Providing universal preschool has become an important lobbying point for federal, state, and local leaders throughout our country. In his 2013 State of the Union address, President Obama called upon congress to provide high quality preschool for all children. He continued to support universal preschool in his legislative agenda, and in December 2014 the President convened state and local policymakers for the White House Summit on Early Education (White House Press Secretary, 2014). However, universal preschool covering all four-year olds in the country would require significant funding. Further, how effective preschools are in preparing children for elementary school, and what constitutes high quality preschool have been debated. To set criteria for designation as a high quality preschool, the National Association for the Education of Young Children (NAEYC) identifies 10 standards (NAEYC, 2016). These include:
Parents should review preschool programs using the NAEYC criteria as a guide and template for asking questions that will assist them in choosing the best program for their child. Selecting the right preschool is also difficult because there are so many types of preschools available. Zachry (2013) identified Montessori, Waldorf, Reggio Emilia, High Scope, Parent Co-Ops and Bank Street as types of preschool programs that focus on children learning through discovery. Teachers act as guides and create activities based on the child’s developmental level.
Head Start: For children who live in poverty, Head Start has been providing preschool education since 1965 when it was begun by President Lyndon Johnson as part of his war on poverty. It currently serves nearly one million children and annually costs approximately 7.5 billion dollars (United States Department of Health and Human Services, 2015). However, concerns about the effectiveness of Head Start have been ongoing since the program began. Armor (2015) reviewed existing research on Head Start and found there were no lasting gains, and the average child in Head Start had not learned more than children who did not receive preschool education.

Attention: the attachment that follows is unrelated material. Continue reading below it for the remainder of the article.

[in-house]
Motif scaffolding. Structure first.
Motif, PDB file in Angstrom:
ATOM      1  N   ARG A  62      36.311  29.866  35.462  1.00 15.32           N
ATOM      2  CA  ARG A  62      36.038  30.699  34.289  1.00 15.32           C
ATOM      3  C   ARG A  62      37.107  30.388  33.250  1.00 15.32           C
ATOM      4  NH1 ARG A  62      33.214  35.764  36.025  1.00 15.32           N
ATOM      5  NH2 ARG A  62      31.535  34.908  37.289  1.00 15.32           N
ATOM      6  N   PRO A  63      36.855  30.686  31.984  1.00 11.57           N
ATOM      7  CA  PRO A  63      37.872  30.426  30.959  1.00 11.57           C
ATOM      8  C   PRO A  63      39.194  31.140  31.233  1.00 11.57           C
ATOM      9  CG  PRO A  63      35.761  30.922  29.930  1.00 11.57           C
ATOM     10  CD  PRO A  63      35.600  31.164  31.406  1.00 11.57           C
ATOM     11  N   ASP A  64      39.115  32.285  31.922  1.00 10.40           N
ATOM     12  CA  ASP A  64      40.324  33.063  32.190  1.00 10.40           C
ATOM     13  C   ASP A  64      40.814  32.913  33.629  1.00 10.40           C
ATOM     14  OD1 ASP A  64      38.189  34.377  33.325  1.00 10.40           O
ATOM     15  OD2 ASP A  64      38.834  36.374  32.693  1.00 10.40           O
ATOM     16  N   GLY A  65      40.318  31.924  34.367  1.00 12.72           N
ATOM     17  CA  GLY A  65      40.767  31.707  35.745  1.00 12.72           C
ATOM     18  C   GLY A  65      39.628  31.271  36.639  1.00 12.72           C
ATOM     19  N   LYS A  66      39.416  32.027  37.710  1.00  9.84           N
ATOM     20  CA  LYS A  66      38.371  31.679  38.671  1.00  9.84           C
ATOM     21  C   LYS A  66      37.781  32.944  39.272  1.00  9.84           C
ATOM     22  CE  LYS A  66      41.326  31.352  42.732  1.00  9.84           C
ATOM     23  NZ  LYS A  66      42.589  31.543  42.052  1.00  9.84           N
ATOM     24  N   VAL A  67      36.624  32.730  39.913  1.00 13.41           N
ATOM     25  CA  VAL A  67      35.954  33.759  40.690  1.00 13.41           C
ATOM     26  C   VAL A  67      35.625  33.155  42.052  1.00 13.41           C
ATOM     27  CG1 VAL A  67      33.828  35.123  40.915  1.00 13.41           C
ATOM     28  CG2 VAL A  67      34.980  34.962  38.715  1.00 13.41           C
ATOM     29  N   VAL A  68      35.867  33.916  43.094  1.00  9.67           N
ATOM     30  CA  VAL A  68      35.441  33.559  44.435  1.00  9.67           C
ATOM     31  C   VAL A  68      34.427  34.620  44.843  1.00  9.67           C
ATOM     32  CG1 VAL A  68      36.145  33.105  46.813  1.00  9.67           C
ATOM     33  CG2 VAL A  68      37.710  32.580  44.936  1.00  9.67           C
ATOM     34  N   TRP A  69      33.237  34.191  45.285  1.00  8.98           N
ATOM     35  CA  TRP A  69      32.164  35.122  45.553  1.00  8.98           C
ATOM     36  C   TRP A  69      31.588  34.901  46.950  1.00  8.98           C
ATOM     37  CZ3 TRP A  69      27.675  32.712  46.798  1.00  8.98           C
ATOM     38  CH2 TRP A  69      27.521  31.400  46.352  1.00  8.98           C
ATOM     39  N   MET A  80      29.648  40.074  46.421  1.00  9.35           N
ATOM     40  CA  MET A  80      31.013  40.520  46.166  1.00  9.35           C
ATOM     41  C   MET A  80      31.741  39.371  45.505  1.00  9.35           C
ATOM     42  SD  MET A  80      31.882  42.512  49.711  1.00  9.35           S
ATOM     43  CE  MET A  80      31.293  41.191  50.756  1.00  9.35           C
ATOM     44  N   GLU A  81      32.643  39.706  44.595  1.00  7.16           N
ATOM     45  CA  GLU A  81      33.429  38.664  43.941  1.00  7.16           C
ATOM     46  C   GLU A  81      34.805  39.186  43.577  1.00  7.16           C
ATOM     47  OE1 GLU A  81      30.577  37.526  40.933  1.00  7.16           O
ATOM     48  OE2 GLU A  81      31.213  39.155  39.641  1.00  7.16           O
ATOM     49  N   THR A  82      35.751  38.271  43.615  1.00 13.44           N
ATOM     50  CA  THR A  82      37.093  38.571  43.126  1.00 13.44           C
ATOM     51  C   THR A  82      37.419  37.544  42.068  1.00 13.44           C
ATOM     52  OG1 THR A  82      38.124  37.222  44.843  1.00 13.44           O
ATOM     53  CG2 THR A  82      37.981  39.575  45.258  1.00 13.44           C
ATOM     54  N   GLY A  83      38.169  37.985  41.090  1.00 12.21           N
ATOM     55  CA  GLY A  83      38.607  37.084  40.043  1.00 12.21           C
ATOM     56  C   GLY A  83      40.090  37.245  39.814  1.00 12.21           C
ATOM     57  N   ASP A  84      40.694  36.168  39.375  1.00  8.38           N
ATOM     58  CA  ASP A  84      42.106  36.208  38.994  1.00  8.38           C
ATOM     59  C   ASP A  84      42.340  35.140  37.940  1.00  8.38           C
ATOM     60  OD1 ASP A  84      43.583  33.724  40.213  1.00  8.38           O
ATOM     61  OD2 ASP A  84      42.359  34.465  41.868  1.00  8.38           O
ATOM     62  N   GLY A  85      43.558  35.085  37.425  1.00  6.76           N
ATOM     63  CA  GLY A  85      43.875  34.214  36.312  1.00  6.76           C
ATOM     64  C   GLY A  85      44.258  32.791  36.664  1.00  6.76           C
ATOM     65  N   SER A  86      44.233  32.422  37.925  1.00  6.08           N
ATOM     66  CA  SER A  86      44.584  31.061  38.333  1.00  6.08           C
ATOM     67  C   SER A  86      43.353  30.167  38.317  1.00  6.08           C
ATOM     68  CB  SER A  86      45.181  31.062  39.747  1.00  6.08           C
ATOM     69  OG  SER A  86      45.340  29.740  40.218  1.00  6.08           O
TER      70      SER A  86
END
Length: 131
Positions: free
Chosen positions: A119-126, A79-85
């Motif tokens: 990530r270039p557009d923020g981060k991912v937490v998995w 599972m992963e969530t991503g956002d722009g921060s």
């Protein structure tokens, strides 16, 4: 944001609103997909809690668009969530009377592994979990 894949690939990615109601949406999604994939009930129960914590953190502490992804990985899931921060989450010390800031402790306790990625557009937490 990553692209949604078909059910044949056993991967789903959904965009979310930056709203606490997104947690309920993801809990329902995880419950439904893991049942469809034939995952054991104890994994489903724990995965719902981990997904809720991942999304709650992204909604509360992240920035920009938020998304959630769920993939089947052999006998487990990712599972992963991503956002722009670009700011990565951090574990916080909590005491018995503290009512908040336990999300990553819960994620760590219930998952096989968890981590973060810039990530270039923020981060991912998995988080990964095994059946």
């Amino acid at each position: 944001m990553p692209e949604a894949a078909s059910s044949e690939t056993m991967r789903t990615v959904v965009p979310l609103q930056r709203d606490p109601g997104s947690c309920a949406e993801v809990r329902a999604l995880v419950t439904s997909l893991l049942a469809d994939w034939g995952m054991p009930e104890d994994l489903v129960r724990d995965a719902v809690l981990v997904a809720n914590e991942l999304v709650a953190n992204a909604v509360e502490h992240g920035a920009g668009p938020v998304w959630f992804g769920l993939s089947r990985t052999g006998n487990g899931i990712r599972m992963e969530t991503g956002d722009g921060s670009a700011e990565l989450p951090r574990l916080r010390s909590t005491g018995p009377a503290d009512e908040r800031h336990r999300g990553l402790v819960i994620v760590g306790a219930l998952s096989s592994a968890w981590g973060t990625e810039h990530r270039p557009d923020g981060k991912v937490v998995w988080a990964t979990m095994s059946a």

A recent report dated July 2015 evaluating the effectiveness of Head Start comes from the What Works Clearinghouse. The What Works Clearinghouse identifies research that provides reliable evidence of the effectiveness of programs and practices in education, and is managed by the Institute of Education Services for the United States Department of Education. After reviewing 90 studies on the effectiveness of Head Start, only one study was deemed scientifically acceptable and this study showed disappointing results (Barshay, 2015). This study showed that 3 and 4 year-old children in Head Start received “potentially positive effects” on general reading achievement, but no noticeable effects on math achievement and social-emotional development.
Nonexperimental designs are a significant problem in determining the effectiveness of Head Start programs because a control group is needed to show group differences that would demonstrate educational benefits. Because of ethical reasons, low income children are usually provided with some type of pre-school programming in an alternative setting. Additionally, Head Start programs are different depending on the location, and these differences include the length of the day or qualification of the teachers. Lastly, testing young children is difficult and strongly dependent on their language skills and comfort level with an evaluator (Barshay, 2015).